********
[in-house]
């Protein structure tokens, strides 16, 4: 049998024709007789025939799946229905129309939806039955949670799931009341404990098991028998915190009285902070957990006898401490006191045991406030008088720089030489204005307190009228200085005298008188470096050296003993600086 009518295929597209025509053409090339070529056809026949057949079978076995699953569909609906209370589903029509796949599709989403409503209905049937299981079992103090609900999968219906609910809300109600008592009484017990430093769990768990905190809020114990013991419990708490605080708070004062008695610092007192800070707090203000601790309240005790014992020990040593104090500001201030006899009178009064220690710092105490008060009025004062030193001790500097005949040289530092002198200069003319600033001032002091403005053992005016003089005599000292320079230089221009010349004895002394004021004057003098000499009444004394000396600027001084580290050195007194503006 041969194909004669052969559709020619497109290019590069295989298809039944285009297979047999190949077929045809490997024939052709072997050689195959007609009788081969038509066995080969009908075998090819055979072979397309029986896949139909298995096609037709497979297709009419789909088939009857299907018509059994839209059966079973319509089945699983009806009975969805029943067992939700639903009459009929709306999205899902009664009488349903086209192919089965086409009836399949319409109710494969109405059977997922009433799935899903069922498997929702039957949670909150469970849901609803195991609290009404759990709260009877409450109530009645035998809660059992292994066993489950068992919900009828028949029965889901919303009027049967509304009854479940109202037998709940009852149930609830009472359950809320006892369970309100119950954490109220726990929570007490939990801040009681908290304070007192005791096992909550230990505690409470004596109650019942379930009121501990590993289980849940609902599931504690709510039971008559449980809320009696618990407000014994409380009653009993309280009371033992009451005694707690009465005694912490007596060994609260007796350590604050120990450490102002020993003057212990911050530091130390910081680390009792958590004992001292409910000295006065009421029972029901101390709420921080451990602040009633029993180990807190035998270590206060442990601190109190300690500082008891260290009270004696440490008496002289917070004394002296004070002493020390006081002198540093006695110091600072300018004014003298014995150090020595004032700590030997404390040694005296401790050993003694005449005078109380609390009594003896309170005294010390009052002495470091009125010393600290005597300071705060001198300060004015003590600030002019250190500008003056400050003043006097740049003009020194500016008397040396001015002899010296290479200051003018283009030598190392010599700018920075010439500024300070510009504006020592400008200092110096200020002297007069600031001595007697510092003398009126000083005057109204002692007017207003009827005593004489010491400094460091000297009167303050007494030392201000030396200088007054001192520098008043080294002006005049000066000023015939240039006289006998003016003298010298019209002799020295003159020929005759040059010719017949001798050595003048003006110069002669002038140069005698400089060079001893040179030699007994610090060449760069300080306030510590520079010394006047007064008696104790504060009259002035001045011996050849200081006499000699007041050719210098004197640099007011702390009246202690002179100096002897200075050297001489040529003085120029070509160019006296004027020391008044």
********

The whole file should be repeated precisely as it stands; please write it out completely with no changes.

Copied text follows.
[in-house]
């Protein structure tokens, strides 16, 4: 049998024709007789025939799946229905129309939806039955949670799931009341404990098991028998915190009285902070957990006898401490006191045991406030008088720089030489204005307190009228200085005298008188470096050296003993600086 009518295929597209025509053409090339070529056809026949057949079978076995699953569909609906209370589903029509796949599709989403409503209905049937299981079992103090609900999968219906609910809300109600008592009484017990430093769990768990905190809020114990013991419990708490605080708070004062008695610092007192800070707090203000601790309240005790014992020990040593104090500001201030006899009178009064220690710092105490008060009025004062030193001790500097005949040289530092002198200069003319600033001032002091403005053992005016003089005599000292320079230089221009010349004895002394004021004057003098000499009444004394000396600027001084580290050195007194503006 041969194909004669052969559709020619497109290019590069295989298809039944285009297979047999190949077929045809490997024939052709072997050689195959007609009788081969038509066995080969009908075998090819055979072979397309029986896949139909298995096609037709497979297709009419789909088939009857299907018509059994839209059966079973319509089945699983009806009975969805029943067992939700639903009459009929709306999205899902009664009488349903086209192919089965086409009836399949319409109710494969109405059977997922009433799935899903069922498997929702039957949670909150469970849901609803195991609290009404759990709260009877409450109530009645035998809660059992292994066993489950068992919900009828028949029965889901919303009027049967509304009854479940109202037998709940009852149930609830009472359950809320006892369970309100119950954490109220726990929570007490939990801040009681908290304070007192005791096992909550230990505690409470004596109650019942379930009121501990590993289980849940609902599931504690709510039971008559449980809320009696618990407000014994409380009653009993309280009371033992009451005694707690009465005694912490007596060994609260007796350590604050120990450490102002020993003057212990911050530091130390910081680390009792958590004992001292409910000295006065009421029972029901101390709420921080451990602040009633029993180990807190035998270590206060442990601190109190300690500082008891260290009270004696440490008496002289917070004394002296004070002493020390006081002198540093006695110091600072300018004014003298014995150090020595004032700590030997404390040694005296401790050993003694005449005078109380609390009594003896309170005294010390009052002495470091009125010393600290005597300071705060001198300060004015003590600030002019250190500008003056400050003043006097740049003009020194500016008397040396001015002899010296290479200051003018283009030598190392010599700018920075010439500024300070510009504006020592400008200092110096200020002297007069600031001595007697510092003398009126000083005057109204002692007017207003009827005593004489010491400094460091000297009167303050007494030392201000030396200088007054001192520098008043080294002006005049000066000023015939240039006289006998003016003298010298019209002799020295003159020929005759040059010719017949001798050595003048003006110069002669002038140069005698400089060079001893040179030699007994610090060449760069300080306030510590520079010394006047007064008696104790504060009259002035001045011996050849200081006499000699007041050719210098004197640099007011702390009246202690002179100096002897200075050297001489040529003085120029070509160019006296004027020391008044």